Note: This mock locations setting is applicable only in Android 5.x and 4.4.x.

  10. Select: Settings > Developer options > Verify apps over USB > Off

    Note: This verify apps step became required in Android 4.2.

  11. Launch the browser and dismiss any startup/setup screen.
  12. Connect the desktop machine that will be used to test the device with a USB cable

    Note: When you connect a device running Android 4.2.2 or later to your computer, the system shows a dialog asking whether to accept an RSA key that allows debugging through this computer. Select Allow USB debugging.

  13. Install and configure helper apps on the device.

    Note: For CTS versions 2.1 R2 through 4.2 R4, set up your device (or emulator) to run the accessibility tests with:
    adb install -r android-cts/repository/testcases/CtsDelegatingAccessibilityService.apk
    On the device, enable: Settings > Accessibility > Accessibility > Delegating Accessibility Service

    Note: For CTS versions prior to 7.0, on devices that declare android.software.device_admin, set up your device to run the device administration test using:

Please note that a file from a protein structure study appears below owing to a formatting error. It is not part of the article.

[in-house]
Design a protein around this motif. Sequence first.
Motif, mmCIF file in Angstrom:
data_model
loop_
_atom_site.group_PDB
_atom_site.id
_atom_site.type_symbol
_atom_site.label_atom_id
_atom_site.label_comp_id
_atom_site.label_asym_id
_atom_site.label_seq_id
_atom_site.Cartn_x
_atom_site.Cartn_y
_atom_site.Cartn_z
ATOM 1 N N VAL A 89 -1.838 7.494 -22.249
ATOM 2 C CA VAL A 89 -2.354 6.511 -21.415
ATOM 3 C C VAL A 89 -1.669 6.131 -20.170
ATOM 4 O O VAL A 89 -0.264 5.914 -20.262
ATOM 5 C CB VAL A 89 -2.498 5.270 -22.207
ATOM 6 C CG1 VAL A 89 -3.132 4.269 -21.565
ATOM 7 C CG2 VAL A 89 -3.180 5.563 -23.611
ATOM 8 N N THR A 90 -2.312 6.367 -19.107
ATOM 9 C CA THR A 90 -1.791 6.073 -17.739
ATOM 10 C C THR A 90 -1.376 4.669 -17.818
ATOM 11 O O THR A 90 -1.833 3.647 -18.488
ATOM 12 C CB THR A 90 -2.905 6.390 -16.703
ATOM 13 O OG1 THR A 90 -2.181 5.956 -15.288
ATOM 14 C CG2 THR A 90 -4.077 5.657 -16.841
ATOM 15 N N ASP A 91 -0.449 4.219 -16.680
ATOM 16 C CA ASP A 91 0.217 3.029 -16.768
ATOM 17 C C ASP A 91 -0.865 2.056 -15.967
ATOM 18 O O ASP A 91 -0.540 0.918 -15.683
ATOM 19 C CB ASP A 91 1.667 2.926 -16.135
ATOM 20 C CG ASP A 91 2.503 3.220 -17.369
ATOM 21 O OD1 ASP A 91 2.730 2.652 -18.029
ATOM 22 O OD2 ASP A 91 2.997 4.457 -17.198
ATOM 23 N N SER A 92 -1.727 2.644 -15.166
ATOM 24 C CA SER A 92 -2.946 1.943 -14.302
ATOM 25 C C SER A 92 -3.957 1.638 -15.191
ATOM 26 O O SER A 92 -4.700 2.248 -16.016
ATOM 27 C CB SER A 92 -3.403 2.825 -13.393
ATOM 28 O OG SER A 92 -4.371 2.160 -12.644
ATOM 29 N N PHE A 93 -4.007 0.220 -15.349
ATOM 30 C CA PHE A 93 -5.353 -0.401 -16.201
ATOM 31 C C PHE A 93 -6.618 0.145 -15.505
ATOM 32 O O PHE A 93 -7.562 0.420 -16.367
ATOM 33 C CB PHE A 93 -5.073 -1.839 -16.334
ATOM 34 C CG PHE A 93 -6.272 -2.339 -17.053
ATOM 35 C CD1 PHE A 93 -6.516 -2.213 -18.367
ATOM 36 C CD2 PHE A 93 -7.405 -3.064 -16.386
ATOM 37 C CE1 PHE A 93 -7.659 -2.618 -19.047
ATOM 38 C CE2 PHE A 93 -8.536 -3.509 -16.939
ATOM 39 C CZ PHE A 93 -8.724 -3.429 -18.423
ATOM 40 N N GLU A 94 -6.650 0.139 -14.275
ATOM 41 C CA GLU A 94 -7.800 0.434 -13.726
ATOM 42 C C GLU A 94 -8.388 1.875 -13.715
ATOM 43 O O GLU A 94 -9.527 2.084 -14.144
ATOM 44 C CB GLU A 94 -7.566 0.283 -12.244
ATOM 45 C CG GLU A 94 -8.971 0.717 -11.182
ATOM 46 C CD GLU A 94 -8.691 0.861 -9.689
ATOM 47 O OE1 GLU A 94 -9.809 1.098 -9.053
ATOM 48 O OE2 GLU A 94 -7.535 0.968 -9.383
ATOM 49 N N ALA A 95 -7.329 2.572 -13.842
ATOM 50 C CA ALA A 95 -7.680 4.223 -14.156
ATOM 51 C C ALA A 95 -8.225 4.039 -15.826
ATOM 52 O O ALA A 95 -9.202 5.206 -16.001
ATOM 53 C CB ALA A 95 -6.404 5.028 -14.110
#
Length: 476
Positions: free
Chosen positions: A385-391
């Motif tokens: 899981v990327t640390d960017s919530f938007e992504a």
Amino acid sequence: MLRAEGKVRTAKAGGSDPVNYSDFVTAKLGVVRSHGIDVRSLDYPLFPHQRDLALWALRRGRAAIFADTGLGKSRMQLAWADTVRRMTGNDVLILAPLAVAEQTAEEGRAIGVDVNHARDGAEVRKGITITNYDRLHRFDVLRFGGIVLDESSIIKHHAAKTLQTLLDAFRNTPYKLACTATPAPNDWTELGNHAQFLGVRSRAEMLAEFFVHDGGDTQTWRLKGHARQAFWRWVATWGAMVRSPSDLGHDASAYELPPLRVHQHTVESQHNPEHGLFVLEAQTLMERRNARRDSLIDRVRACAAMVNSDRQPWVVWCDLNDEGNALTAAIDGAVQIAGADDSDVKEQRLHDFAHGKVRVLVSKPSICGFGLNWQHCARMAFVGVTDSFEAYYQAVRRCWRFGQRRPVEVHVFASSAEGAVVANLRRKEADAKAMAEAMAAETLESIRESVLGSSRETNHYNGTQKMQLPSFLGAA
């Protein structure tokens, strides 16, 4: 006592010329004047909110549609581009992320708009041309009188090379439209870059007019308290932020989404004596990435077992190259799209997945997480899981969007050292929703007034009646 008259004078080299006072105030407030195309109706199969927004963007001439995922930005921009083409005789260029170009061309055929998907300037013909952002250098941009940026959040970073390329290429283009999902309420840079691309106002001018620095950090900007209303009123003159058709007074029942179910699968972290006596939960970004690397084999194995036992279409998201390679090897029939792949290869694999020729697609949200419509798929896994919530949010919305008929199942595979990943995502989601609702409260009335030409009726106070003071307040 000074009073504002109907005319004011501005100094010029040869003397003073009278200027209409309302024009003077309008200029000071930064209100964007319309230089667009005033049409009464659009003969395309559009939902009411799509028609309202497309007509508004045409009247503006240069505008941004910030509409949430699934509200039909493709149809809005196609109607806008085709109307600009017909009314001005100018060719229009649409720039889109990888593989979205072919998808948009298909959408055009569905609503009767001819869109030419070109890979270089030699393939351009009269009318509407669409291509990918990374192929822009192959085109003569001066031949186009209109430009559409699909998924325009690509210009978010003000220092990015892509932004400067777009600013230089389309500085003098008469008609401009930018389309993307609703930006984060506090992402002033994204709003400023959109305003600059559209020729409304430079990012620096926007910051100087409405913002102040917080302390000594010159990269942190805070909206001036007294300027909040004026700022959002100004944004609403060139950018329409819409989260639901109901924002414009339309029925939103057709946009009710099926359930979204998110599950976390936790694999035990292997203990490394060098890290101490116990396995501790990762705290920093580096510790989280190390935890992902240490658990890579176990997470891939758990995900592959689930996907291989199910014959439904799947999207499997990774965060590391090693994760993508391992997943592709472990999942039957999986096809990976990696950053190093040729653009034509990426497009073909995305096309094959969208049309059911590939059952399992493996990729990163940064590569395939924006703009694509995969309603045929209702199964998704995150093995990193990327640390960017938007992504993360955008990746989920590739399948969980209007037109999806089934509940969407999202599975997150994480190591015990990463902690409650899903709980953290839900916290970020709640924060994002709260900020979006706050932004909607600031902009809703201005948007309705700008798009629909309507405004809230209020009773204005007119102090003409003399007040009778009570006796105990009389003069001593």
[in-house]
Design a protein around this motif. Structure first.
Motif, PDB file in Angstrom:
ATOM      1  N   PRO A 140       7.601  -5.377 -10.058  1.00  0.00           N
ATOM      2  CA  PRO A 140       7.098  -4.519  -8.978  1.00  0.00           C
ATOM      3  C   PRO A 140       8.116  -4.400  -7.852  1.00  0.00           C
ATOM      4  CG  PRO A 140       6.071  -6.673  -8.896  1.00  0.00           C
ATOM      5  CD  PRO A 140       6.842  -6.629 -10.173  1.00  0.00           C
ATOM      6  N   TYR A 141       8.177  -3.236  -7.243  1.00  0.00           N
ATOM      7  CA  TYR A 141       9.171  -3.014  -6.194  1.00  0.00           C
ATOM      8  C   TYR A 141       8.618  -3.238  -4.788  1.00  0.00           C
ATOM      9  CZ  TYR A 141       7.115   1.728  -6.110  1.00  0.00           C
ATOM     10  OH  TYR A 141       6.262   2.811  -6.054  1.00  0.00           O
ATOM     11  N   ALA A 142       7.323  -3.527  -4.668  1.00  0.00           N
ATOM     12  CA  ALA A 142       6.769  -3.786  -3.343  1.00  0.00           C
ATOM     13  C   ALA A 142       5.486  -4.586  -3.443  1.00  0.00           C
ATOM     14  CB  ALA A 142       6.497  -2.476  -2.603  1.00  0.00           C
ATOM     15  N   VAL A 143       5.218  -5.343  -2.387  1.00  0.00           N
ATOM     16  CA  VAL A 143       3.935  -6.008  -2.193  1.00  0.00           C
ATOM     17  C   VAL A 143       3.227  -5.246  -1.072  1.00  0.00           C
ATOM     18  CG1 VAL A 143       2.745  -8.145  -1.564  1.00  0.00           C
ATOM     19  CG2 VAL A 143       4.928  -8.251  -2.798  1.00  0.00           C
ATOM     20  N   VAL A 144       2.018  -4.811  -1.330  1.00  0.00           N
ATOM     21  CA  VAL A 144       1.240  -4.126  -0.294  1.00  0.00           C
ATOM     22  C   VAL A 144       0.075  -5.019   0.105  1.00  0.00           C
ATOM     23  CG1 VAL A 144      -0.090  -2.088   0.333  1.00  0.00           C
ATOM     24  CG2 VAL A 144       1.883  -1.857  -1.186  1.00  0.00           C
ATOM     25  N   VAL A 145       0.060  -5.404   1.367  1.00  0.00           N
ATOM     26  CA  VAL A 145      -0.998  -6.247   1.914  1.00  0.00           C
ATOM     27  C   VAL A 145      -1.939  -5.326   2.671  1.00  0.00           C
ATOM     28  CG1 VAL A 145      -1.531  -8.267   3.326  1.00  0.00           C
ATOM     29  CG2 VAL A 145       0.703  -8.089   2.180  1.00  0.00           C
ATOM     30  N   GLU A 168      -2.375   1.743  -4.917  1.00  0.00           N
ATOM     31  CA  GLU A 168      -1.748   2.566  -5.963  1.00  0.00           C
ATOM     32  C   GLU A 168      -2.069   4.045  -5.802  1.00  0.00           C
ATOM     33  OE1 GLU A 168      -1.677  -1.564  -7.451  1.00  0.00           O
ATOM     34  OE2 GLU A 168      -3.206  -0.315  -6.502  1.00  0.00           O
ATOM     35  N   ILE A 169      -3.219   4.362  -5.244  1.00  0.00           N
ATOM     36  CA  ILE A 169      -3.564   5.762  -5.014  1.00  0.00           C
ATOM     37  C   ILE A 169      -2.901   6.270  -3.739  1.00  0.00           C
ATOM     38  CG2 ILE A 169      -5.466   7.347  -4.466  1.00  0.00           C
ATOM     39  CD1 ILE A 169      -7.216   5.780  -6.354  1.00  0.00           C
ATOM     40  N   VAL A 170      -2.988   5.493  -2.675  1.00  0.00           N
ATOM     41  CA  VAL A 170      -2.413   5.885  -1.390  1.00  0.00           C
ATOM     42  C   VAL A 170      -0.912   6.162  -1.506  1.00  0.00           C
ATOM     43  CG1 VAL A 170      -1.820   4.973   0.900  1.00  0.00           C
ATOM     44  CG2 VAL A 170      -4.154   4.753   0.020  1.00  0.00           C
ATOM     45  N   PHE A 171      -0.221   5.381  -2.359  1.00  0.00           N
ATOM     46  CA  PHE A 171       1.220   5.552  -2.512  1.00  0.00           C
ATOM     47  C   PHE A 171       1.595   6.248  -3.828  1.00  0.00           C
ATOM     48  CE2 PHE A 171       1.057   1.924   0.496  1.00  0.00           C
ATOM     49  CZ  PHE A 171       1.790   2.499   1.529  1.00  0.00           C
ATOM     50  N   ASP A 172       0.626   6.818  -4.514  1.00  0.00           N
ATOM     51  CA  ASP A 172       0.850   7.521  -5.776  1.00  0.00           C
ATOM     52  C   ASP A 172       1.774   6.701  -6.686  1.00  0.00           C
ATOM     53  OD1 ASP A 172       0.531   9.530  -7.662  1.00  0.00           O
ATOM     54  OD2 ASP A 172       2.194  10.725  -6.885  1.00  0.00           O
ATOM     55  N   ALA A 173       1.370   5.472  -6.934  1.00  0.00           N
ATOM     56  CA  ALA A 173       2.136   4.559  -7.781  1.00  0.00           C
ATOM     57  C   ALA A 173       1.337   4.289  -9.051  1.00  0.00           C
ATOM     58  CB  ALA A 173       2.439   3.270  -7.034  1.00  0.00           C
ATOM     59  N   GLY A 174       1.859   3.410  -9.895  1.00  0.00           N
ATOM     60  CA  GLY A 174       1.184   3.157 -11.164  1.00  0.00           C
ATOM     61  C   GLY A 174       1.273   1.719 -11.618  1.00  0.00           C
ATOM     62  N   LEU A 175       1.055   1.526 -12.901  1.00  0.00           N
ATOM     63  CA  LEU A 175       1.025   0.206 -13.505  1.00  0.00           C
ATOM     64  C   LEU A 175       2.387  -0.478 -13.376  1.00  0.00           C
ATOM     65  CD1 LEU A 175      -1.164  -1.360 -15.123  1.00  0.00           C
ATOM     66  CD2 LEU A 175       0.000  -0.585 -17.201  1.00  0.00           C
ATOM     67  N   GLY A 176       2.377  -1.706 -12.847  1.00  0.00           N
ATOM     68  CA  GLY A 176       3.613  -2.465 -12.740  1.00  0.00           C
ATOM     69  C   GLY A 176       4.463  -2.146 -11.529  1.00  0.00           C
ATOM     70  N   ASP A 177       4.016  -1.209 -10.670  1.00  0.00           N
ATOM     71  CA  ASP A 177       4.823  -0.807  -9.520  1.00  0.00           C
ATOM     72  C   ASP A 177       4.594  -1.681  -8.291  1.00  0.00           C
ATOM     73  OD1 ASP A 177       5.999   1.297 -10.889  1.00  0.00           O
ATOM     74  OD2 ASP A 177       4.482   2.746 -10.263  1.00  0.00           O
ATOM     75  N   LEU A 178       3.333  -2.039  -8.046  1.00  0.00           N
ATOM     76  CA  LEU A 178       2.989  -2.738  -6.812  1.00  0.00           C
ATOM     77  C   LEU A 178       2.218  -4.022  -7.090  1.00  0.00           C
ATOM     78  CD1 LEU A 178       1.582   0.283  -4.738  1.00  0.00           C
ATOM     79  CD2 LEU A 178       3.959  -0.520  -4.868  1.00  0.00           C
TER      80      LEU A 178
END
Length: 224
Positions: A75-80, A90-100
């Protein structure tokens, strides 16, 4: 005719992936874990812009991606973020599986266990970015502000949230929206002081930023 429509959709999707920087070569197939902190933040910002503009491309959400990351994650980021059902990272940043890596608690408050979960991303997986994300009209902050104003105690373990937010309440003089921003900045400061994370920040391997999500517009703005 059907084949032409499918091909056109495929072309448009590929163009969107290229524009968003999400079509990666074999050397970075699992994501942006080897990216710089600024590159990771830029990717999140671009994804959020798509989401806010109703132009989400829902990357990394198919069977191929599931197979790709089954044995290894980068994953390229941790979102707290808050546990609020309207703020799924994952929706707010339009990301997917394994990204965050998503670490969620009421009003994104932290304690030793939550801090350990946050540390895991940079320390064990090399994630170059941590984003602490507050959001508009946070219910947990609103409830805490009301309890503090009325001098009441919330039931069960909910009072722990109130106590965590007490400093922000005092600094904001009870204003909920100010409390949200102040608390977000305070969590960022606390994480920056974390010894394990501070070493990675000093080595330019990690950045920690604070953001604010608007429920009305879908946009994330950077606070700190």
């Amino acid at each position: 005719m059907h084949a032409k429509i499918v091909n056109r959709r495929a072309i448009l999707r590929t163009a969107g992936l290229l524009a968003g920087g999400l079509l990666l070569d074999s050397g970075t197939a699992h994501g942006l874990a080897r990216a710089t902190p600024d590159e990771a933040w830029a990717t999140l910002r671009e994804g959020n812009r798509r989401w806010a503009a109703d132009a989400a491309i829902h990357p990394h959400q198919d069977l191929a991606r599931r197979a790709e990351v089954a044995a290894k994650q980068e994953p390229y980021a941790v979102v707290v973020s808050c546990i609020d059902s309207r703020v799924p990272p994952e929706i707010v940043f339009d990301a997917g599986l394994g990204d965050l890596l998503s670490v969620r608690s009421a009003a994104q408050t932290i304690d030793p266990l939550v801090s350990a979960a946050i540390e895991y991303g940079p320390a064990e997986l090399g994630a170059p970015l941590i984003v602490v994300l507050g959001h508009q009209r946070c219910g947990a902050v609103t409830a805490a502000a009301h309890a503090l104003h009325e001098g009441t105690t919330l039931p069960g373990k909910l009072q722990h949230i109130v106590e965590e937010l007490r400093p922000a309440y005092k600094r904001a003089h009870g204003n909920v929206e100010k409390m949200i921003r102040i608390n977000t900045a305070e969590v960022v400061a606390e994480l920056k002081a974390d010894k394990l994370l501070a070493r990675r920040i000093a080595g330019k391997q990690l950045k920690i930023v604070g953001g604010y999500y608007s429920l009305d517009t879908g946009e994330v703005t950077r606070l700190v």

adb install -r android-cts/repository/testcases/CtsDeviceAdmin.apk

    In Settings > Security > Select device administrators, enable the two android.deviceadmin.cts.CtsDeviceAdminReceiver* device administrators. Ensure the android.deviceadmin.cts.CtsDeviceAdminDeactivatedReceiver and any other preloaded device administrators remain disabled.

  14. Copy the CTS media files to the device as follows:

    Note: For CTS 2.3 R12 and later, if the device supports video codecs, the CTS media files must be copied to the device.

    • Navigate (cd) to the path the media files are downloaded and unzipped to.
    • Change the file permissions: chmod u+x copy_media.sh
    • Run copy_media.sh:
      • To copy clips up to a resolution of 720x480, run: ./copy_media.sh 720x480
      • If you are not sure about the maximum resolution, try ./copy_media.sh all so that all files are copied.
      • If there are multiple devices under adb, add the -s (serial) option to the end. For example, to copy up to 720x480 to the device with serial 1234567, run: ./copy_media.sh 720x480 -s 1234567